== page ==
I hope that Elisabeth Storrs has written the sequel to The Wedding Shroud by the time I set off on my next long-haul flight. It’s always difficult to find the right book to while away the long hours: I want something not too arduous for a brain disoriented by lack of sleep and muddled time zones, but I don’t want my mind insulted by inane pap either…
The Wedding Shroud is a well-written historical novel with a twist. It’s set way back in Rome’s ancient past when they were yet to become the most powerful empire of the ancient world. Storrs has recreated the Etruscan city of Veii to tell her story of Caecilia Aemilius, a young Roman girl whose loyalties are put to the test by her marriage to Vel Mastarna, an Etruscan nobleman. He’s twice her age, scarred emotionally and physically – and he smells of pomades that an uber-masculine Roman male would never use – but she has little choice because the marriage has been negotiated as part of a political truce between the two cities.
Like me, Storrs majored in classics and her meticulous research shows in the attention to detail: she uses Caecilia’s dismay at the contrast between staid Roman mores and the sinful ways of the Etruscans to develop a convincing setting. Architecture, details of interiors, dining habits and clothing styles are deftly rendered, and not in a heavy-handed way because the minutiae of daily life is as strange to Caecilia as it is to the reader. She is alternately appalled and captivated by the contrast between what she had known and what she must endure as a pawn married off to seal a treaty. Religious rituals, bathing, and even the way Etruscans gather for meals is different, and the girl is under pressure to adapt if not to provoke hostility in the charged political atmosphere. What compromises her acceptance and her marriage is her fear of abandonment to their licentious ways, clinging not only to her plain Roman clothing and hairstyle but also to the high moral ground.
Like the central character in The Book of Rachel, The Wedding Shroud explores gender roles in the ancient past. Storrs’ novel features none of the dynamic dames we saw in the BBC adaptation of Richard Graves’ I Claudius; her Roman woman are excluded from all forms of public life and are very firmly kept in their place. For Caecilia, whose curiosity and intelligence were already chafing under the expectations of duty and propriety in Rome, the freedoms Etruscan women enjoy are tempting. Her journey of discovery is guided by four very different women: her mother-in-law, a Greek slave-woman, a courtesan and her dead predecessor, a Rebecca-like rival to whose memory Mastarna remains devoted.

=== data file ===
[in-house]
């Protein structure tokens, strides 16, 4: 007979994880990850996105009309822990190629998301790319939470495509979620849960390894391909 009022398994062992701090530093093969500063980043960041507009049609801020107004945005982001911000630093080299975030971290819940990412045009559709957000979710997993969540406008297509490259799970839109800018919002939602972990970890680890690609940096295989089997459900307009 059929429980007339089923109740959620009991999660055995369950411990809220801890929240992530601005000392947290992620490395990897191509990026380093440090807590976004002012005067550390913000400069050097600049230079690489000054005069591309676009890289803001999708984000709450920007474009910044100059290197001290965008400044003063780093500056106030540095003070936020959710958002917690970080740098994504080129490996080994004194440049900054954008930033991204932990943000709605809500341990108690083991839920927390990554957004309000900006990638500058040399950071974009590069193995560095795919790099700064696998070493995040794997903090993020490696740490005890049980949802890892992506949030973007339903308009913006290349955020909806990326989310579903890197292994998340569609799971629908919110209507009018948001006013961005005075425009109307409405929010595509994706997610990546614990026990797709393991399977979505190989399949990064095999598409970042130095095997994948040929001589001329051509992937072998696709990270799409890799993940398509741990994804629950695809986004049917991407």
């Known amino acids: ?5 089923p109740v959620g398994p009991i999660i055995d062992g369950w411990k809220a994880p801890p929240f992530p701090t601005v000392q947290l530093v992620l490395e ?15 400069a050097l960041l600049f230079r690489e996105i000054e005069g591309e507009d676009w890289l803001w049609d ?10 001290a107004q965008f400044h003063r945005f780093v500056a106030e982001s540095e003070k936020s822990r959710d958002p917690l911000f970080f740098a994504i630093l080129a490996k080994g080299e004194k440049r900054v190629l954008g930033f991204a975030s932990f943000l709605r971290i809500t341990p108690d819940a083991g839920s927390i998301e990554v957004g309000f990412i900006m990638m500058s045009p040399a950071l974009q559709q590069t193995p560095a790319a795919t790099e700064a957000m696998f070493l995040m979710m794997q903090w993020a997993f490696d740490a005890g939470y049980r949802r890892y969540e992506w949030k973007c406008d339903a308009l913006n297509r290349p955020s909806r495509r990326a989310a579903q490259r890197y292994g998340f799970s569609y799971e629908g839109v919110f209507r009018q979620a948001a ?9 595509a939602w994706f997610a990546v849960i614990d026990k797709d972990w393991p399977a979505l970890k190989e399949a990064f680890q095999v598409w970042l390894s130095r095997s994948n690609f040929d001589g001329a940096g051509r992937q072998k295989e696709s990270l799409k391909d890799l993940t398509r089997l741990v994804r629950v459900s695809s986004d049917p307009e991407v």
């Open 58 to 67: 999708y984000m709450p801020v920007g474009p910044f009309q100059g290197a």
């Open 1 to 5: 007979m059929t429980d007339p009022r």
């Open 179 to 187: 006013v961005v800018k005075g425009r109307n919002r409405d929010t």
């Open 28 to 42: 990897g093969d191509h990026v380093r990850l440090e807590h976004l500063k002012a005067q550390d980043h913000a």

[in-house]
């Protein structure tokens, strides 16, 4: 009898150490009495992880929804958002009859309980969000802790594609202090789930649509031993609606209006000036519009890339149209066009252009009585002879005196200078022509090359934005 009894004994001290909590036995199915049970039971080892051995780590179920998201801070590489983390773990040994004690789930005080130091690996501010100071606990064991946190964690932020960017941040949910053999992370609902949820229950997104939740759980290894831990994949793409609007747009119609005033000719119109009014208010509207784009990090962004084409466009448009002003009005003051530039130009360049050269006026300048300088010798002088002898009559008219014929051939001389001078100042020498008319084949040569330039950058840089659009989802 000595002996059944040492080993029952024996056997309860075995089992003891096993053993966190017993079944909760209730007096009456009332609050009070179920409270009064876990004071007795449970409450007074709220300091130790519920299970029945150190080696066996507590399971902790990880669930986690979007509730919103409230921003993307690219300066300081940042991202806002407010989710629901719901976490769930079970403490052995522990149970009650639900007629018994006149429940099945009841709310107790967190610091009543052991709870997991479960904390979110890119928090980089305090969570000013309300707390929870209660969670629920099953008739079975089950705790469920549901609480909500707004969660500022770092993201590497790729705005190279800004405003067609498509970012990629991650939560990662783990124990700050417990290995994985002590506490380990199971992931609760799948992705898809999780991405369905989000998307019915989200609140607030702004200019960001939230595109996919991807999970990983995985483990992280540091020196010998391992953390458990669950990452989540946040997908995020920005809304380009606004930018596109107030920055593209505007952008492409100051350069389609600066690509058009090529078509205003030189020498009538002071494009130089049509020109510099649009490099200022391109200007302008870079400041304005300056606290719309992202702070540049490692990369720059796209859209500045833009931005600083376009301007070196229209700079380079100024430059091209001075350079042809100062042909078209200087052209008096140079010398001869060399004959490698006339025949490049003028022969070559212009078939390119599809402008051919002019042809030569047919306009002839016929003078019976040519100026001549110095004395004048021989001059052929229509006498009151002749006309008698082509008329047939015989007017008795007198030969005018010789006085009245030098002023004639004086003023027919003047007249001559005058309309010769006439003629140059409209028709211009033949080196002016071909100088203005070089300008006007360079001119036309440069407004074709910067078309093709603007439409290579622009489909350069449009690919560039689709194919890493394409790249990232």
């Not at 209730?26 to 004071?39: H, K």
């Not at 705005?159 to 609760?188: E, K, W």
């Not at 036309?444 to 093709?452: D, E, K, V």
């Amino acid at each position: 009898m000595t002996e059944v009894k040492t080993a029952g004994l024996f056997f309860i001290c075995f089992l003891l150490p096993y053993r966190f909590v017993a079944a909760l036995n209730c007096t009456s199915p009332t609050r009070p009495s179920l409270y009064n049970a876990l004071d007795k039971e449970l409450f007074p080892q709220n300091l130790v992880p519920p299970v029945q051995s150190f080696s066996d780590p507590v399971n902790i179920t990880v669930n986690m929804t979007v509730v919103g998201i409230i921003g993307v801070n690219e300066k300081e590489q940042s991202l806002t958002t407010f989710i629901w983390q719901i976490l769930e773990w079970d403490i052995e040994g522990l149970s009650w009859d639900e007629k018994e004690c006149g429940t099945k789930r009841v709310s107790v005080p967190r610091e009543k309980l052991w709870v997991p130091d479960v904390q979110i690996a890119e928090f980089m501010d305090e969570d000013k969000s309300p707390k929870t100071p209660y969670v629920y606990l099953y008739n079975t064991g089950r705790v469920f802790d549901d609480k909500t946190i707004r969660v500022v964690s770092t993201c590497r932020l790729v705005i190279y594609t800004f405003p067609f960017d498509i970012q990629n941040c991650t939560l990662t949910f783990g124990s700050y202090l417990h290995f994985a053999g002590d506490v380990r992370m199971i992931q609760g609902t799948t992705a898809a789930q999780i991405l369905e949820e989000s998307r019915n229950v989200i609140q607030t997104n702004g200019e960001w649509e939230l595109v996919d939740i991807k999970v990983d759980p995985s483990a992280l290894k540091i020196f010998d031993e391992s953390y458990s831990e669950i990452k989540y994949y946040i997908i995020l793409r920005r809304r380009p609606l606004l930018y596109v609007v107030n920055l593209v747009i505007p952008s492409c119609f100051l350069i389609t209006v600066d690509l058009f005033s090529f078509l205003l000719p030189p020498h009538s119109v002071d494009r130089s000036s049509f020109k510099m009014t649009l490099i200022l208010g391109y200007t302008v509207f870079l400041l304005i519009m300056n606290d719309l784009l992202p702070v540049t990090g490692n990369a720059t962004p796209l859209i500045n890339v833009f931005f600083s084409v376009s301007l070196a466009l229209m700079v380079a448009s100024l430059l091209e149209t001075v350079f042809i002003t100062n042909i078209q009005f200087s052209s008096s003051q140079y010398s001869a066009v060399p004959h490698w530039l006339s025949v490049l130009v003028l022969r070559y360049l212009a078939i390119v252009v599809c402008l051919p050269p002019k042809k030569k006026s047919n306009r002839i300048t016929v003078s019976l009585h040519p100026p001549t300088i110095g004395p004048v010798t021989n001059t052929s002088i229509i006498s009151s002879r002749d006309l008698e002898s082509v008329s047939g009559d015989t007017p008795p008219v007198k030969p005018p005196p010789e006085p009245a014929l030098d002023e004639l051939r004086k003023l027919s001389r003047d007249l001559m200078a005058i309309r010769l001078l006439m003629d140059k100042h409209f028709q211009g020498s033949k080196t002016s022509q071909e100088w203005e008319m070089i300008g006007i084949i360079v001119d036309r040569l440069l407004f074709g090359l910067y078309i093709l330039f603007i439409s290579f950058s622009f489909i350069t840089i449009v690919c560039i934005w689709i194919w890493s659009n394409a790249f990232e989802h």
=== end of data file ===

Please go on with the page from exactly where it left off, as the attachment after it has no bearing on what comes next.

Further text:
But none of her domestic concerns take place in a vacuum. Among her many mistakes is her naïve trust of one who wants to use her in the intricate internal politics of Veii. Veii is one of twelve Etruscan cities in fragile alliance against the threat of Rome’s ambitions on its border. As ever, there are peacemakers and warmongers among the leadership, and that leadership is tightly contested. The plot is so well-constructed that the reader is – like Caecilia – lured into errors of judgement about the future. It’s very well done.
Sarah Johnson at Reading the Past enjoyed it too.
© Lisa Hill
Author: Elisabeth Storrs
Title: The Wedding Shroud
Publisher: Pier 9 (Murdoch Books) 2010
Source: Review copy courtesy of Pier 9 Murdoch Books.
Fishpond: The Wedding Shroud and major Australian bookstores – and soon to be available as an eBook too.
It doesn’t seem to be available from overseas websites but of course can be ordered from Aussie booksellers.